^this^

Pecan Pie, you're going to want to use something like molasses, dark brown sugar, or dark corn syrup to get some of the same flavors that are in pecan pie.  I would assume your pie recipe uses agave nectar instead of light corn syrup and then adds some brown sugar or something like that for color and flavor?

Thats exactly how the recipe for the pie is. I hadn't thought about molasses though and I think I will lean toward that for flavor other than agave.

Thanks

Offline joshthebrewer

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Re: Agave Fermentation
« Reply #11 on: September 25, 2015, 08:50:10 PM »
Pecan pie is crazy sweet. Ironically, because 100% get turned to alcohol, all these potential sugar/syrups will actually make the beer drier instead of sweeter. I think the focus should be mainly on the specialty malts to0 get the sweetness. I think blackstrap molasses then would give you the most bang for the buck in terms of getting an appropriate associated flavor because its so strong you could only add a little to get the right flavor. I guess I would go fairly heavy on crystal/carmel malt and a little blackstrap in secondary and pecan extract.


Thaks I think I'll do that maybe go from 8 oz caramel/crystal to 1.5 lbs and add some blackstrap to the secondary. Do you think I should add as much as a pound? or more like a cup or 2?

Offline joshthebrewer

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Re: Agave Fermentation
« Reply #12 on: September 25, 2015, 08:51:48 PM »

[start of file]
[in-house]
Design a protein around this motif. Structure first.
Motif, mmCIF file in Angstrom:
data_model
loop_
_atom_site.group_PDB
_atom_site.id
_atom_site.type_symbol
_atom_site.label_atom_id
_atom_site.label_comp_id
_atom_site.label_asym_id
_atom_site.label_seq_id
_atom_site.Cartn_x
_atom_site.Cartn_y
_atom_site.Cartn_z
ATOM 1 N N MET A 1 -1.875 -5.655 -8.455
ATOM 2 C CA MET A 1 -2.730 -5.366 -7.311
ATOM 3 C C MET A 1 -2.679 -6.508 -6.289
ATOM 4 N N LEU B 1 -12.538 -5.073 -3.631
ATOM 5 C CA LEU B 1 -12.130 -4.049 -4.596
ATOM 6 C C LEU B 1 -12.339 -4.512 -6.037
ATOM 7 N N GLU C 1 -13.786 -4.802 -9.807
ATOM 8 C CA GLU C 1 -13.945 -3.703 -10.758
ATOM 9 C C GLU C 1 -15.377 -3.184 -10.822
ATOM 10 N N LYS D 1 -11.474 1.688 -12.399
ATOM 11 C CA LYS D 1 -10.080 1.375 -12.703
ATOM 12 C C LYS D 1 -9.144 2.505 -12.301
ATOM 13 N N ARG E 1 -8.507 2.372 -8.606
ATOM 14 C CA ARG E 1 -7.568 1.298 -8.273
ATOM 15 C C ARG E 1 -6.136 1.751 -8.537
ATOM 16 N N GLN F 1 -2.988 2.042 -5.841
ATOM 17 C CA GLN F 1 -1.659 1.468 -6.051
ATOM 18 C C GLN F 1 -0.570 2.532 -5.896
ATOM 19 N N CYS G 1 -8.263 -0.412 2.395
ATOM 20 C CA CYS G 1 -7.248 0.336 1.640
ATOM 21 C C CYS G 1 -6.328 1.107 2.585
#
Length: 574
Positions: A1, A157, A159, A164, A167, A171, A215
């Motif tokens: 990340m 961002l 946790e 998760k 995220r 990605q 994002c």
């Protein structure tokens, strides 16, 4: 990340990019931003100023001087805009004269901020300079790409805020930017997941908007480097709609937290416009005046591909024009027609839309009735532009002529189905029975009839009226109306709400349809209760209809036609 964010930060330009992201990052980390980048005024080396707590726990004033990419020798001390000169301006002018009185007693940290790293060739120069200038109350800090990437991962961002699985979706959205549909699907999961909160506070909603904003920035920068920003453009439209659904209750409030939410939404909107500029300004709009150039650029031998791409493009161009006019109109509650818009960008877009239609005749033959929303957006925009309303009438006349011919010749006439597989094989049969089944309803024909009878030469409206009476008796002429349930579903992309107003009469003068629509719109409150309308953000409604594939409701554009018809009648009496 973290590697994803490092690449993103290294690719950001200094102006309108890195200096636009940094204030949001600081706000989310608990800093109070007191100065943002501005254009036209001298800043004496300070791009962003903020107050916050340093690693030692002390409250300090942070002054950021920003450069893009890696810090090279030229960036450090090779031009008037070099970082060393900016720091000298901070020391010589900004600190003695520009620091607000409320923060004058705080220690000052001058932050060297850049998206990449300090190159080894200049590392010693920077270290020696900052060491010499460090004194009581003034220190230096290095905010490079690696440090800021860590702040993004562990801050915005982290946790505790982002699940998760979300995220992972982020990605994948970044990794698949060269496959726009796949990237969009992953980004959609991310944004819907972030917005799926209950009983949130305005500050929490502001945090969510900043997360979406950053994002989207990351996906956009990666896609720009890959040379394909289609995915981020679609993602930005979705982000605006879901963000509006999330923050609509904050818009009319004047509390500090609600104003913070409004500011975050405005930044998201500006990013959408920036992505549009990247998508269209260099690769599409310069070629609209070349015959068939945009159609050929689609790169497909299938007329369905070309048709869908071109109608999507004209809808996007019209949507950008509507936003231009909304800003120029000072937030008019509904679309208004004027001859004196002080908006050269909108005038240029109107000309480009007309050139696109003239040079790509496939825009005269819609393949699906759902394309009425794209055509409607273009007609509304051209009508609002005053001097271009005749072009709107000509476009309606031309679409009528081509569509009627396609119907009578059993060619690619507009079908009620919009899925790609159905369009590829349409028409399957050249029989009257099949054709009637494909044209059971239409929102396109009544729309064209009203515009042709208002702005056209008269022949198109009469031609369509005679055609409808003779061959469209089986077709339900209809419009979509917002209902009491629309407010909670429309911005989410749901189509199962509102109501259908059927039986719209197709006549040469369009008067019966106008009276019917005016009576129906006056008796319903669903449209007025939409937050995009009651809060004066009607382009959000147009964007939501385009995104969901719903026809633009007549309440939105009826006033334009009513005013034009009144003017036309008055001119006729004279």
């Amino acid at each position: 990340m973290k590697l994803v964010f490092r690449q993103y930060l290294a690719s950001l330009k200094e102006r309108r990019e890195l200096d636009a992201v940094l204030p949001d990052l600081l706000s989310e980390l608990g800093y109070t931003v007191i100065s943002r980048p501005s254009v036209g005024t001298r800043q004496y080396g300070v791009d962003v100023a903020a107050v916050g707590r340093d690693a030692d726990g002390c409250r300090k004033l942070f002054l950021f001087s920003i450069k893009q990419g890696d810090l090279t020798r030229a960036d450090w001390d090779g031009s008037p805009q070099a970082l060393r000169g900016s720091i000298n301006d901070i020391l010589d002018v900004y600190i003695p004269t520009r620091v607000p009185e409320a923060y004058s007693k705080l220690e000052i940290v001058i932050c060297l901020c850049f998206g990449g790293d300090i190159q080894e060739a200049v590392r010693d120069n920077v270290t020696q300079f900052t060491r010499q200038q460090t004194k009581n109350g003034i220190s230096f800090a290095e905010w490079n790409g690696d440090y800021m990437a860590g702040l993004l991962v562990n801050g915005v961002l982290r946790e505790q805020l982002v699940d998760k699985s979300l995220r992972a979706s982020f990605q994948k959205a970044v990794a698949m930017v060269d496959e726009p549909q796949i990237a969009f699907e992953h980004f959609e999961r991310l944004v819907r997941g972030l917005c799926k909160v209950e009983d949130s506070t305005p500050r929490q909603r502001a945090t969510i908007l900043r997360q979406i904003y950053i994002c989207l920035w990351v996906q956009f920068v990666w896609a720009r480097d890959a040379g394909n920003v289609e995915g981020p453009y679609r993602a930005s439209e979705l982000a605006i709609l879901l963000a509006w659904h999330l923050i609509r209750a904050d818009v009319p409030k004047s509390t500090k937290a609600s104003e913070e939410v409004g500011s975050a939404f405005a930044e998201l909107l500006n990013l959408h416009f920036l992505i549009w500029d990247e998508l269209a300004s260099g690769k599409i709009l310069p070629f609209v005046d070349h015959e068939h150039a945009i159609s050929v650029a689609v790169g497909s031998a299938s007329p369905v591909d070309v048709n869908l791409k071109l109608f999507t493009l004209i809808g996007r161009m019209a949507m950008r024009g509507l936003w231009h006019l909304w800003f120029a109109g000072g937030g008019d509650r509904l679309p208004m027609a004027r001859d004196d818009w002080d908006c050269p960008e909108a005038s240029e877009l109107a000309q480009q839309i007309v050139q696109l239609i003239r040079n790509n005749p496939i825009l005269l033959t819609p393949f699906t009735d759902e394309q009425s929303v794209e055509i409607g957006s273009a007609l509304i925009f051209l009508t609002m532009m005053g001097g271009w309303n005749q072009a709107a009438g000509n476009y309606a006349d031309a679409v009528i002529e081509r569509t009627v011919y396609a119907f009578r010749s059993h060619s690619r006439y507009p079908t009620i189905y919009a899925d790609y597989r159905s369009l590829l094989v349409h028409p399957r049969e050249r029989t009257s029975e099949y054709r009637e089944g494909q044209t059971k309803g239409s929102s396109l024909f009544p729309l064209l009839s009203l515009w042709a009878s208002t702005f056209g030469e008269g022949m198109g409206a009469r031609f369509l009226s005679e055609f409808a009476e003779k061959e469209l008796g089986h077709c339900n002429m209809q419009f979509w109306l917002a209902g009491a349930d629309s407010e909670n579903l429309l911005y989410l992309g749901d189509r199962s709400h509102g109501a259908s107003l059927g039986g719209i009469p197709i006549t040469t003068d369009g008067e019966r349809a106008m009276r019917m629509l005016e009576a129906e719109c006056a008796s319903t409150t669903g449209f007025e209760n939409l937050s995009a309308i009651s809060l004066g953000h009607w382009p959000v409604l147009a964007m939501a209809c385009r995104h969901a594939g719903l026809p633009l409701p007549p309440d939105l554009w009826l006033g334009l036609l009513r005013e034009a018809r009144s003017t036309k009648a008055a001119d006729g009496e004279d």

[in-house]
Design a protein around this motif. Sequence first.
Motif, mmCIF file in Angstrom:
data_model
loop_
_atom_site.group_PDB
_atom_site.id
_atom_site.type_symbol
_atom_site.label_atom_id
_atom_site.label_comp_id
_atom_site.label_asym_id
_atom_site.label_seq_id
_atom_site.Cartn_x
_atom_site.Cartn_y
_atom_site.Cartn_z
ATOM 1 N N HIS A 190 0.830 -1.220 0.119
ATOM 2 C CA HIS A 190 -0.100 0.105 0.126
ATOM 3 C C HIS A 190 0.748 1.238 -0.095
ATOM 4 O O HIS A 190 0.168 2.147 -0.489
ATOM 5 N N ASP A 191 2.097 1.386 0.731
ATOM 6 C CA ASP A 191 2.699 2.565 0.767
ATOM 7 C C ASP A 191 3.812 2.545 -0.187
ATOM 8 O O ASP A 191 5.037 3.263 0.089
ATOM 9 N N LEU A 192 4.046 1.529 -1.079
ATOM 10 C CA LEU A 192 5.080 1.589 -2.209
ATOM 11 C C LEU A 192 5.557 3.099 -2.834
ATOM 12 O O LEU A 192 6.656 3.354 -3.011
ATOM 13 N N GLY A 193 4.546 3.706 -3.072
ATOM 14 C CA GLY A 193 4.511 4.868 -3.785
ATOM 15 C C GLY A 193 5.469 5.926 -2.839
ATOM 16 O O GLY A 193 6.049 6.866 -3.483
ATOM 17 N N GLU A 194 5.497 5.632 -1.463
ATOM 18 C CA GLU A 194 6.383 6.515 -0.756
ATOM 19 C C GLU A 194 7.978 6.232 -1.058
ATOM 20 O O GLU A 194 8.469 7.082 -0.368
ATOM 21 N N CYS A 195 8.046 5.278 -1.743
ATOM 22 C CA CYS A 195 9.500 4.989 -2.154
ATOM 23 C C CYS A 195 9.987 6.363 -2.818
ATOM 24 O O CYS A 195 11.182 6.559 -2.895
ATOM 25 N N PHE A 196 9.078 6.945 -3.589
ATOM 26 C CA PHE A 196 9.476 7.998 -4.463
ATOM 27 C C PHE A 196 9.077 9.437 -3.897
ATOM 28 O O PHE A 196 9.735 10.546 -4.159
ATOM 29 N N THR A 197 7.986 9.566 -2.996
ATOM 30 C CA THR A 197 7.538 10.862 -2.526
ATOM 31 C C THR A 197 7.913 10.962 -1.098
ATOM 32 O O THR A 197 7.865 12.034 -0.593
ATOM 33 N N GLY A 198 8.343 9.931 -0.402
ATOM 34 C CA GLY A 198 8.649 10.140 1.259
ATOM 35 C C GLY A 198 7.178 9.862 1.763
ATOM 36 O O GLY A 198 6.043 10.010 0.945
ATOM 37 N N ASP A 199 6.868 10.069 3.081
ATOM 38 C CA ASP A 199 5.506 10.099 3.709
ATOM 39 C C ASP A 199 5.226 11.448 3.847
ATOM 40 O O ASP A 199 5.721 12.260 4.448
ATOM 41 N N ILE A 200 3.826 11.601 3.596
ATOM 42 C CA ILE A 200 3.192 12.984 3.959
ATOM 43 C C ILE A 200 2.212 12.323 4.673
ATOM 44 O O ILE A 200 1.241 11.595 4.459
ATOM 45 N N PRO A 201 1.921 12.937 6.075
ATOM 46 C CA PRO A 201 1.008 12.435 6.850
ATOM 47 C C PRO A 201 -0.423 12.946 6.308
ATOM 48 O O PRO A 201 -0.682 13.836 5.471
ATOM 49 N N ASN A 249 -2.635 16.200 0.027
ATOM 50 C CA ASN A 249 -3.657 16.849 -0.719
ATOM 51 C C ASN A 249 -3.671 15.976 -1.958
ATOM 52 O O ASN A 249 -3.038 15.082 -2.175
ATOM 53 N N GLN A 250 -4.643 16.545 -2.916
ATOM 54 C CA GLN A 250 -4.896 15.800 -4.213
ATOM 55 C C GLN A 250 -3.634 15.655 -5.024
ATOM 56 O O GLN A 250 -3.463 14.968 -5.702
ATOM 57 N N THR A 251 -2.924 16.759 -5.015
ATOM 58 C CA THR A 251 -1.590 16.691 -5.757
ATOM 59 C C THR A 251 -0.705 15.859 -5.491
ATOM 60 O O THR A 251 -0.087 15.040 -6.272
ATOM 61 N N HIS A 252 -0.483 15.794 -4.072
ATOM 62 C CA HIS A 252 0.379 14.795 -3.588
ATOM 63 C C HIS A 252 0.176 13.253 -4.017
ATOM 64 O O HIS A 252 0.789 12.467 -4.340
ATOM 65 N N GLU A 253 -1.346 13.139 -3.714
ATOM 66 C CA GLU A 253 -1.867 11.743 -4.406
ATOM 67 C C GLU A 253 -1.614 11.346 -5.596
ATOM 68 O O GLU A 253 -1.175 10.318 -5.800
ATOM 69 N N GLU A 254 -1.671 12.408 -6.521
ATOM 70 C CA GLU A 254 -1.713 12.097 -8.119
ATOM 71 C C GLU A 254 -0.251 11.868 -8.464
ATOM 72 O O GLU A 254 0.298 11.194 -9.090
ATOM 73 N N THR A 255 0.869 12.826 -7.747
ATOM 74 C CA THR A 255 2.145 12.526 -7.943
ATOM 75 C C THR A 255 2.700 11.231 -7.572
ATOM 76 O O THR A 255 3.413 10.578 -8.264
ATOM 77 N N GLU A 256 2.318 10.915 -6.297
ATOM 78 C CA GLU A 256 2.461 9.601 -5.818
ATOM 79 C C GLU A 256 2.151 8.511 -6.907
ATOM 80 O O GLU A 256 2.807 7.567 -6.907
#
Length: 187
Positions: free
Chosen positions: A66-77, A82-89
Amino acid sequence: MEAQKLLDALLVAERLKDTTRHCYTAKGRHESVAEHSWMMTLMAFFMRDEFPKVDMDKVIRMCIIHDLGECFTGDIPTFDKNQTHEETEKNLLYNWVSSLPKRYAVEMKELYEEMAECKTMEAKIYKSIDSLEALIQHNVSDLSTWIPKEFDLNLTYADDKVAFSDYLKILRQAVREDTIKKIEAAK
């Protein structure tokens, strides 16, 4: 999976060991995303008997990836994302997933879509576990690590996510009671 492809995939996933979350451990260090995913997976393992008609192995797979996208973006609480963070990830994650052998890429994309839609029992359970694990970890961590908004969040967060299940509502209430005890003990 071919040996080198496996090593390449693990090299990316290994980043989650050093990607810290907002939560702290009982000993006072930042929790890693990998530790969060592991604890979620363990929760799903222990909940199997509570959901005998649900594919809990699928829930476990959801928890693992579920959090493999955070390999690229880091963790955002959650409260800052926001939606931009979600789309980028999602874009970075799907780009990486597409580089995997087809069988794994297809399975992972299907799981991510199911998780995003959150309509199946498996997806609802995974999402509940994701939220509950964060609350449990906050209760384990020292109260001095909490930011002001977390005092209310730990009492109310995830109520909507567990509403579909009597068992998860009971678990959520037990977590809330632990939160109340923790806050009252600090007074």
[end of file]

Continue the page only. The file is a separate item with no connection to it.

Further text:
Agreed. Blackstrap or maybe D-180
[/quote]


Wich would you think has the better flavor? Since I want it more for the flavor than anything else.

Offline pete b

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Re: Agave Fermentation
« Reply #13 on: September 26, 2015, 12:00:44 PM »
Pecan pie is crazy sweet. Ironically, because 100% get turned to alcohol, all these potential sugar/syrups will actually make the beer drier instead of sweeter. I think the focus should be mainly on the specialty malts to0 get the sweetness. I think blackstrap molasses then would give you the most bang for the buck in terms of getting an appropriate associated flavor because its so strong you could only add a little to get the right flavor. I guess I would go fairly heavy on crystal/carmel malt and a little blackstrap in secondary and pecan extract.


Thaks I think I'll do that maybe go from 8 oz caramel/crystal to 1.5 lbs and add some blackstrap to the secondary. Do you think I should add as much as a pound? or more like a cup or 2?
A pound would be too much for sure. Assuming molasses has a similar volume /weight ratio as honey which mean a pound would be a gallon which would be overwhelming flavor and contradict the object of not drying out the beer. I would guess about two cups. I would research recipes that use molasses es or hope someone with direct experience comments.
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Offline klickitat jim

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Re: Agave Fermentation
« Reply #14 on: September 26, 2015, 01:21:11 PM »
Honey only weighs a pound per gallon? You mean pound per pint, right?